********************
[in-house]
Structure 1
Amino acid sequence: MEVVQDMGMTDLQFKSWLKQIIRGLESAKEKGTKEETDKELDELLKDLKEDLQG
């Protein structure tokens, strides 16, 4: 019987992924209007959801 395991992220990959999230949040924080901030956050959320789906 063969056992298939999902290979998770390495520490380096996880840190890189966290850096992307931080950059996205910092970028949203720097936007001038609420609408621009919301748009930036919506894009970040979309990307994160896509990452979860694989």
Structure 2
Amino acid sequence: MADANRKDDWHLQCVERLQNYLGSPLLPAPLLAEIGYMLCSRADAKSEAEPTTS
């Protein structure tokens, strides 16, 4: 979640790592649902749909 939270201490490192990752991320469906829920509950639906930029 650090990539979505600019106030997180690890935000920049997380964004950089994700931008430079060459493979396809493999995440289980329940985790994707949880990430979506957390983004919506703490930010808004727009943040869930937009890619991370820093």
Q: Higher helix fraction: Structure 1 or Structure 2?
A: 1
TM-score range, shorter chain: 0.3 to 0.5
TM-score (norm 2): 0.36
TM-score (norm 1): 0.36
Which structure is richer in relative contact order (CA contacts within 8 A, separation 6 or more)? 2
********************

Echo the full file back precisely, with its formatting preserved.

[in-house]
Structure 1
Amino acid sequence: MEVVQDMGMTDLQFKSWLKQIIRGLESAKEKGTKEETDKELDELLKDLKEDLQG
């Protein structure tokens, strides 16, 4: 019987992924209007959801 395991992220990959999230949040924080901030956050959320789906 063969056992298939999902290979998770390495520490380096996880840190890189966290850096992307931080950059996205910092970028949203720097936007001038609420609408621009919301748009930036919506894009970040979309990307994160896509990452979860694989």
Structure 2
Amino acid sequence: MADANRKDDWHLQCVERLQNYLGSPLLPAPLLAEIGYMLCSRADAKSEAEPTTS
């Protein structure tokens, strides 16, 4: 979640790592649902749909 939270201490490192990752991320469906829920509950639906930029 650090990539979505600019106030997180690890935000920049997380964004950089994700931008430079060459493979396809493999995440289980329940985790994707949880990430979506957390983004919506703490930010808004727009943040869930937009890619991370820093």
Q: Higher helix fraction: Structure 1 or Structure 2?
A: 1
TM-score range, shorter chain: 0.3 to 0.5
TM-score (norm 2): 0.36
TM-score (norm 1): 0.36
Which structure is richer in relative contact order (CA contacts within 8 A, separation 6 or more)? 2